Today's image is a combination of a couple different "styles" that are somewhat popular in a few Photoshop (Adobe Photoshop CS6) circles. The OOB (Out of Box) type of thing is one, where pieces of the subject extend beyond the edges of a pseudo frame. Another is using an ordinary image to create a far out of focus background. The third is using lightning bolts and paint splatters to add excitement and go a little "artistic" to make a saleable image. Shoot a few of these at a motocross event, play with them, bring samples to the next event and the riders will be falling all over themselves throwing money at you for prints. If you decide to try something like making sales at an event, look into using a Square or Payanywhere device for you smart phone. One idea would be to take a minimal payment for doing the work (say $25.00) and providing an online ordering mechanism. SmugMug or a similar service would be the way to control the final order fulfillment process. One of the big caveats I'd suggest would be switching up the background for each rider based on the colors of the bike or riders suit. These guys are a pretty close knit group and could end up at each other's homes. It might be a little awkward to have the same basic image up on the wall, all framed up nice and just the riders switched out. Seems a little lazy if you ask me. For a few more thoughts on making this type of thing a sideline business, hit the "Read More"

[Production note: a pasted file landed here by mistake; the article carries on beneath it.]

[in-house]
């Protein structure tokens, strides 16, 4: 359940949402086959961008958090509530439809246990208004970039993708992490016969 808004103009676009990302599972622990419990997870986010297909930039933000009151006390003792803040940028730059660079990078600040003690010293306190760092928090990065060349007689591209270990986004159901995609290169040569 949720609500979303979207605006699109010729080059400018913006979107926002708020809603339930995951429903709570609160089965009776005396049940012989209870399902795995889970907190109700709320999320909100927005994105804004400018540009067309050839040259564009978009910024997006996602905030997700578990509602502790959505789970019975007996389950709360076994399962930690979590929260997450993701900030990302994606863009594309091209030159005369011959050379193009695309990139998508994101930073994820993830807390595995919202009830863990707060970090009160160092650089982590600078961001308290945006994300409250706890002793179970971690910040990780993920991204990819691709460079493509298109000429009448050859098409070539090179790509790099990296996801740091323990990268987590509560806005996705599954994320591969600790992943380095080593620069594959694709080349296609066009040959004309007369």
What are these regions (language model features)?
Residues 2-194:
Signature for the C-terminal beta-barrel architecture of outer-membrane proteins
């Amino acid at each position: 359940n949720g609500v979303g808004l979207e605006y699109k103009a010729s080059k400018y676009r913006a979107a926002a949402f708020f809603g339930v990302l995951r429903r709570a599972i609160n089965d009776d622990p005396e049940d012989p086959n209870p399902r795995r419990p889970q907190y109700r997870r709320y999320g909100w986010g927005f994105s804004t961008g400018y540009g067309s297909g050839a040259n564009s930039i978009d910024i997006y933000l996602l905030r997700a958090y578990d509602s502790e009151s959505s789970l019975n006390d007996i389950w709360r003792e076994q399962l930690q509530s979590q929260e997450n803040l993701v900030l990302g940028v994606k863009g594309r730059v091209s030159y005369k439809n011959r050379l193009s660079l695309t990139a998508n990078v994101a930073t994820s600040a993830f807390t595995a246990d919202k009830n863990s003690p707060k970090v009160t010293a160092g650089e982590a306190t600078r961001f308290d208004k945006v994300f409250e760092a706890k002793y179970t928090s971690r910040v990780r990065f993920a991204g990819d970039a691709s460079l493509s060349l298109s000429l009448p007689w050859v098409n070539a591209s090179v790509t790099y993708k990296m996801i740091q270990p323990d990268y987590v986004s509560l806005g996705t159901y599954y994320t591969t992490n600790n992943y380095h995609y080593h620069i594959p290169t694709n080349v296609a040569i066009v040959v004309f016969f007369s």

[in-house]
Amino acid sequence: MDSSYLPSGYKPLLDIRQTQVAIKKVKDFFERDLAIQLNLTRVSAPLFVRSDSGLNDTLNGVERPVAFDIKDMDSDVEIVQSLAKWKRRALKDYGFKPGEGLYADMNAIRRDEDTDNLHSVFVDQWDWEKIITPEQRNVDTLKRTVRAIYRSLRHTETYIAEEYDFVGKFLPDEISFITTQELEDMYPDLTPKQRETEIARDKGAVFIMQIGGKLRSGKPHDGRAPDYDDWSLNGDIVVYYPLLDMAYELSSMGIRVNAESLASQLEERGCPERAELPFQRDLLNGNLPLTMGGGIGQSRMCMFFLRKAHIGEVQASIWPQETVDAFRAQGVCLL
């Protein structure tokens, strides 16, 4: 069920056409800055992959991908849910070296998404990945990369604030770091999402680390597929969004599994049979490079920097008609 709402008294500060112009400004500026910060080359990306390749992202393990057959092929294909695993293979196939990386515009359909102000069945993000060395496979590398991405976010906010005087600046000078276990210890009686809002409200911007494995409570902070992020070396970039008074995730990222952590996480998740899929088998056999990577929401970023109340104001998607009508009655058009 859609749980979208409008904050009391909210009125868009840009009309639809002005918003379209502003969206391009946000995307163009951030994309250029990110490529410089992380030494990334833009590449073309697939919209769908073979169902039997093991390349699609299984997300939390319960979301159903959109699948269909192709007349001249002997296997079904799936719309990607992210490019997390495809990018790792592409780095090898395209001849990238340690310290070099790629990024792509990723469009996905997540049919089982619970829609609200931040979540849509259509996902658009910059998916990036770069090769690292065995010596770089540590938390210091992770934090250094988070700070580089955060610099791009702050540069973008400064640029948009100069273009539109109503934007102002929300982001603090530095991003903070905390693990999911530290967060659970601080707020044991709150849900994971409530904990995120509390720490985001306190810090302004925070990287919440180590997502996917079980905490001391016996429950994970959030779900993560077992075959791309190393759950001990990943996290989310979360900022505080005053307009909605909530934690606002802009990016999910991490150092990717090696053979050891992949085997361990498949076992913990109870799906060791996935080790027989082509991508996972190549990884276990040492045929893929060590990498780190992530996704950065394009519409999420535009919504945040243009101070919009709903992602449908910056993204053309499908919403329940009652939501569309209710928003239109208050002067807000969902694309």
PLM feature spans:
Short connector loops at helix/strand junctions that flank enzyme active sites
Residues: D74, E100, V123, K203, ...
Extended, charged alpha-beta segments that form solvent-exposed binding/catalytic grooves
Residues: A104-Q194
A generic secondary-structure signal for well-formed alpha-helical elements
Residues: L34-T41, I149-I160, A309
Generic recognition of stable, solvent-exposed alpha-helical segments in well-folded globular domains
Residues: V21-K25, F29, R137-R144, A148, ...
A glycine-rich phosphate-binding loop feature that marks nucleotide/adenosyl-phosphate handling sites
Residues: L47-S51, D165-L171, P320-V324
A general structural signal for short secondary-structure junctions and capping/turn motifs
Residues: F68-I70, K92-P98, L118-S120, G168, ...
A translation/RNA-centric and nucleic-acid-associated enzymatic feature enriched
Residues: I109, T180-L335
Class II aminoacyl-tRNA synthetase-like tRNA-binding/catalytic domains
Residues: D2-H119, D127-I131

Wednesday, January 2, 2013
Today's image is just a little play time thing. I'd already done a B&W conversion of the original and thought that did fairly well. Nice black skies and lots of detail in the clouds. Almost a infrared type of thing there. It looked "good ", but really lacked something to make it "interesting". The whole thing had been shot bracketed, hand held, going for an exposure rather than anything for HDR. The brackets were set to 1/3 stops with a starting point of -1/3 EV. It was a five shot bracket, so I had -1, -2/3, -1/3 0, and +1/3 to choose from. The B&W conversion came out of the zero shot, so that was 1/3 stop high for my "normal" shooting. The color comes from a more typical -1/3 spot shot. To find out what I did to it and why I like it, hit the "Read More".